Sen. Menendez is fighting to pass the American Rescue Plan, which extends several expiring COVID relief programs and currently includes the following provisions that are still being negotiated in Congress:

·       Stimulus Checks

o   $1400 direct payments to individuals making less than $75,000 or couples making less than $150,000, phased out to earners up to $100,000/$200,000

o   On top of $600 checks approved in December, fulfilling the promise of $2000 per person

o   Unlike previous rounds, adult dependents would be eligible for payments

o   Citizen spouses and children living in mixed-status families are also eligible

·       Unemployment Insurance (UI)

o   Emergency pandemic UI programs due to lapse Mar. 14 will be extended to Aug. 29.

o   $300 federal weekly enhanced benefit increased to $400

o   Freelancers, gig workers and independent contractors eligible

·       Vaccines/Testing

o   $14 billion for vaccines

o   $46 billion for testing, contact tracing and mitigation

o   $7.6 billion to hire 100,000 public health workers to administer vaccines and support the pandemic response

·       State/Local Assistance

o   $350 billion in direct, flexible aid to every state, county and municipal government to help cover increased costs and lost revenues due to the pandemic, while keeping essential public workers on the job and maintaining critical services for residents

·       Small Business Assistance

o   $25 billion targeted assistance for hard-hit restaurants, bars and eateries based on the RESTAURANT Act

o   $7.25 billion for the Paycheck Protection Program (PPP) and second-draw PPP loans

o   $15 billion for Economic Injury Disaster Loan (EIDL) advance grants

·       Schools/Child Care

o   $130 billion to safely reopen K-12 schools, upgrade ventilation systems, reduce class size, implement social distancing, purchase personal protective equipment (PPE), hire more staff and avoid teacher layoffs

o   $40 billion for higher education, requiring colleges to use half the money they receive to provide emergency financial aid for students

o   $39 billion to child care providers to pay staff, rent, purchase PPE and supplies, and help struggling families unable to pay the cost

o   $1 billion for Head Start

·       Housing Assistance

o   $19.1 billion for state and local rental and utility assistance programs to help low-income households and rental property owners

o   $10 billion for states to provide mortgage assistance

o   $4.5 billion for the Low-Income Home Energy Assistance Program (LIHEAP)

o   $500 million to a new water assistance program modeled after LIHEAP to help low-income families pay water bills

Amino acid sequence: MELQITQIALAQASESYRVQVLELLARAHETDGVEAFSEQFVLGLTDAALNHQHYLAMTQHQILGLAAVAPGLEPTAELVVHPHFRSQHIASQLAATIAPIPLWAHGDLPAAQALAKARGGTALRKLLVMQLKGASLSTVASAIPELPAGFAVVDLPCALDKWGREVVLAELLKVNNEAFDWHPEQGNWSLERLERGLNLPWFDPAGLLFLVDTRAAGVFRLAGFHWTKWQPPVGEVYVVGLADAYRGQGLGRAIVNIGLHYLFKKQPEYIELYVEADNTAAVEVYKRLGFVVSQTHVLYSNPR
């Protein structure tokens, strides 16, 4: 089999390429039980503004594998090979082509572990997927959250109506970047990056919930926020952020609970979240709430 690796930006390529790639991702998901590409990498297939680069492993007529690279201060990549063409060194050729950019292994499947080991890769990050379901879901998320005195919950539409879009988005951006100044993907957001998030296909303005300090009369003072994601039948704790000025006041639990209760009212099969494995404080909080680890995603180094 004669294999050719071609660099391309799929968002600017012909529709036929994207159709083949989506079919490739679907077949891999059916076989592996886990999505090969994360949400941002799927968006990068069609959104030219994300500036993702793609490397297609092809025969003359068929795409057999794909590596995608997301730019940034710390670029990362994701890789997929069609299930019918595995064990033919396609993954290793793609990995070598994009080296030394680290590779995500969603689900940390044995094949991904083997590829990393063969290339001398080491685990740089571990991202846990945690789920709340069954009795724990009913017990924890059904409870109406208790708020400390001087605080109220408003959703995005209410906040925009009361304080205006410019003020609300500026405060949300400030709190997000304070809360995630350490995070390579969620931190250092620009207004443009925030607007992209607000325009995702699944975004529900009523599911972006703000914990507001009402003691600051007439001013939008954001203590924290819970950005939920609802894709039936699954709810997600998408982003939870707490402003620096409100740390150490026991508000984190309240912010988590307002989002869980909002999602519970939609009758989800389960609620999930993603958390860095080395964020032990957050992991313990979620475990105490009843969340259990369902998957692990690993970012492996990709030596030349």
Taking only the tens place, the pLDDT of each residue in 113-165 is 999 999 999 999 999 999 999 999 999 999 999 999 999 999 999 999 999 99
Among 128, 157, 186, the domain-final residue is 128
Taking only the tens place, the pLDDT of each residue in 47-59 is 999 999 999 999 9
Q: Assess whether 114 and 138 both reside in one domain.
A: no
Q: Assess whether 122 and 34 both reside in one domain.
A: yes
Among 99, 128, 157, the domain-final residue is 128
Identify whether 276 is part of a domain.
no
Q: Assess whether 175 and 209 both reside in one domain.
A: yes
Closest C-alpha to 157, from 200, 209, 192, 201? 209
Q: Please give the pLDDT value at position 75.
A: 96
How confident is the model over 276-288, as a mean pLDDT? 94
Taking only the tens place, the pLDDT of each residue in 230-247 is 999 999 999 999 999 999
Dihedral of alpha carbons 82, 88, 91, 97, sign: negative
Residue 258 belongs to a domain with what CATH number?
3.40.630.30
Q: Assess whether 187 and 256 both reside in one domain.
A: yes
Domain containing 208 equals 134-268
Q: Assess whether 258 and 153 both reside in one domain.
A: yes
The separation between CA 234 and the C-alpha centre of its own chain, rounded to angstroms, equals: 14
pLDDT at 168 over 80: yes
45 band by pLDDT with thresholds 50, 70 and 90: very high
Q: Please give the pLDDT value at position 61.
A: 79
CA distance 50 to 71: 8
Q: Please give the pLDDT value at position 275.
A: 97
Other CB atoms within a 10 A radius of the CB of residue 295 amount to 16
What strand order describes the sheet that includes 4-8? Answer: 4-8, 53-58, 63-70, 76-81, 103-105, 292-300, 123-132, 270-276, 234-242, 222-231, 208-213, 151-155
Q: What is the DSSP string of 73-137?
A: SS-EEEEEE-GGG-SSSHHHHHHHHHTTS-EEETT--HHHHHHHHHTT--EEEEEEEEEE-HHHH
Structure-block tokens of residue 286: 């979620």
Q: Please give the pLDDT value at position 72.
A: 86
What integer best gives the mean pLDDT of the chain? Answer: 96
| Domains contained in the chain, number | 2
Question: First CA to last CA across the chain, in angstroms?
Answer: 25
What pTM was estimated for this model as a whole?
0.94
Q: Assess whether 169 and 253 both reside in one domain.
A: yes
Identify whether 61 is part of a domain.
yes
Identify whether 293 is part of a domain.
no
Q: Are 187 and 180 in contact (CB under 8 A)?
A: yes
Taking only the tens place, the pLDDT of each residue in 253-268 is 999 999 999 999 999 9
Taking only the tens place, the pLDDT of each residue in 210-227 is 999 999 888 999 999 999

·       Nutrition Assistance

o   $880 million for the Special Nutrition Program for Woman, Infants and Children (WIC)

o   Extends 15% increase in Supplemental Nutrition Assistance Program (SNAP) program through Sept. 30

o   Extends the Pandemic EBT program that provides nutrition assistance funds in lieu of reduced-price and free meals for students during both the school year and the summer

·       Tax Credits

o   Expands Child Tax Credit (CTC) to $3,600 for each child under six and $3,000 for children under 18

§  fully refundable for low-income parents

§  families can receive monthly payments instead of annual lump sum

o   Largest expansion of the Earned Income Tax Credit (EITC) for workers without children in over a decade

§  Nearly triples the maximum credit

§  Extends eligibility to more people

§  Minimum age to claim childless credit dropped to 19 from 25; upper age limit eliminated

·       Health Care

o   Enhances federal Affordable Care Act (ACA) premium tax credits for two years

o   Provides COBRA assistance for laid-off workers on employer plans capping premiums at 15% through September

o   Extends Medicaid coverage for women for 12 month postpartum

o   100% Medicaid coverage for COVID-19 vaccines and treatments with zero cost to patients and fully covers vaccines for one year after the COVID-19 public health emergency ends

o   $150 million for the Maternal, Infant, and Early Childhood Home Visiting (MIECHV) Program to provide staffing and services for in-home or virtual visits

o   $250 million for strike teams in skilled nursing facilities

o   $200 million for infection control in skilled nursing facilities

o   $25 billion to address health disparities and protect vulnerable populations

o   $4 billion for behavioral and mental health services

o   $13.5 billion for Veterans Affairs (VA) health care

o   $750 million for state veterans homes

·       Transportation

o   $30 billion for transit agencies, including $1 billion for the Capital Investment Grant (CIG) program that is funding replacement of the Portal Bridge

o   $1.5 billion for Amtrak, including $820 million for the Northeast Corridor (NEC)

o   $8 billion to support airport operations

o   $15 billion to support airline industry workers